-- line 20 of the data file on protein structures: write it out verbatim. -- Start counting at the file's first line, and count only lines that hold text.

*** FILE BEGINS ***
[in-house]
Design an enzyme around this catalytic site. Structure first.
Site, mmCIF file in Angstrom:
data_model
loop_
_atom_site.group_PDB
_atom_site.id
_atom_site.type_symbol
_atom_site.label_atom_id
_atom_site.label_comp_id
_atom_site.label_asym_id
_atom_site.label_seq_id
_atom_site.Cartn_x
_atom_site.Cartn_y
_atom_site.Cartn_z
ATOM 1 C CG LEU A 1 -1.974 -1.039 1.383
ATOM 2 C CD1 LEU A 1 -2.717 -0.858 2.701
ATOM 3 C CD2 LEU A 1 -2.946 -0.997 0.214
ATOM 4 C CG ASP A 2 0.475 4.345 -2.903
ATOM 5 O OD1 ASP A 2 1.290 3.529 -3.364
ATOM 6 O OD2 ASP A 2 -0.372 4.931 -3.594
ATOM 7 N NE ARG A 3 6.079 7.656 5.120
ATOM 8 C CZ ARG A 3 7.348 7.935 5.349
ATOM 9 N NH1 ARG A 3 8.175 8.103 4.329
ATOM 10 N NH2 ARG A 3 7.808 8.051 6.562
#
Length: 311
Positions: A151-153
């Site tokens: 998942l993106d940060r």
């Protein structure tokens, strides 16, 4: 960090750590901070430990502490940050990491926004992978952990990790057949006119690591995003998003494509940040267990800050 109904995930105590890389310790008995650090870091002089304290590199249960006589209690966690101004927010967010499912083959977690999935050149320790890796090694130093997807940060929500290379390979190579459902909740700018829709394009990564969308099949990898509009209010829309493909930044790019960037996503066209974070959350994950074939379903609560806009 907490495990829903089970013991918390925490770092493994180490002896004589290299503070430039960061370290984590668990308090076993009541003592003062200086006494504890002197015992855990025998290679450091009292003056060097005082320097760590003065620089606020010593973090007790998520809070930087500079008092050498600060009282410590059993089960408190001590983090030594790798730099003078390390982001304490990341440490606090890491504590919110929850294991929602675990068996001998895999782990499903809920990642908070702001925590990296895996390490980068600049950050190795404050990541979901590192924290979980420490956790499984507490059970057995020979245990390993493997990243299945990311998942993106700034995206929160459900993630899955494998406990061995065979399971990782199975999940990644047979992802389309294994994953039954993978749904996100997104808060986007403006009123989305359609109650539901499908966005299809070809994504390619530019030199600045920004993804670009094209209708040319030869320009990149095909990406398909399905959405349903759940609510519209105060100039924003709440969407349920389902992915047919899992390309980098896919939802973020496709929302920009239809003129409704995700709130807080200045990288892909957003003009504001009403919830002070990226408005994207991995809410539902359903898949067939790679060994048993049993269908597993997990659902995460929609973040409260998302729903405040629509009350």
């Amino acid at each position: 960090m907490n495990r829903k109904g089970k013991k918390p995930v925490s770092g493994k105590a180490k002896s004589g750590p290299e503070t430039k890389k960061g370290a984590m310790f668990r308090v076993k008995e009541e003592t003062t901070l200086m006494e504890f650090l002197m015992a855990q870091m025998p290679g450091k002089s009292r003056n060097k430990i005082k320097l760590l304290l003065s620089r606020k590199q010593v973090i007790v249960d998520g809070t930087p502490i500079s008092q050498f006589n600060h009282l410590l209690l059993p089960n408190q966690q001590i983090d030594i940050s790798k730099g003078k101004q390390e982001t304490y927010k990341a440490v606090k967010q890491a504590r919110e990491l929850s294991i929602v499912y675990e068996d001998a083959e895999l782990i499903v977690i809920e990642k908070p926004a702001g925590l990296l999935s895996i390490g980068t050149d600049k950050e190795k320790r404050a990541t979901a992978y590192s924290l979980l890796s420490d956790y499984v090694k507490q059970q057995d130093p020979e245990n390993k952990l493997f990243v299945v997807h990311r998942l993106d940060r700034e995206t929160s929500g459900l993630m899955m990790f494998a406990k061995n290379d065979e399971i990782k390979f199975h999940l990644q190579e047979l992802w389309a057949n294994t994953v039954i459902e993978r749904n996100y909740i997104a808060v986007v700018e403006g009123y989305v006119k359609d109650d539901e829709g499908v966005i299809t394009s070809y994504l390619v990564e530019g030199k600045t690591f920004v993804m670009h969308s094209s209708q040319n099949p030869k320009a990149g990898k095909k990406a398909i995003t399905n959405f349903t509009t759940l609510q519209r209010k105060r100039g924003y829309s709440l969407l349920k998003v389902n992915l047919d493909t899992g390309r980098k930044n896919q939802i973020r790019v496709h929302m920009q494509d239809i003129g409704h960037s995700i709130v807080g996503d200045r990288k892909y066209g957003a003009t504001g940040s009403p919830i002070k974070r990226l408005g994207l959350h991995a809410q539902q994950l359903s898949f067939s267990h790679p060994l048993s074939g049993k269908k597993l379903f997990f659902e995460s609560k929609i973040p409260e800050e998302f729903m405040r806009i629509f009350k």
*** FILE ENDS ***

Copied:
ATOM 5 O OD1 ASP A 2 1.290 3.529 -3.364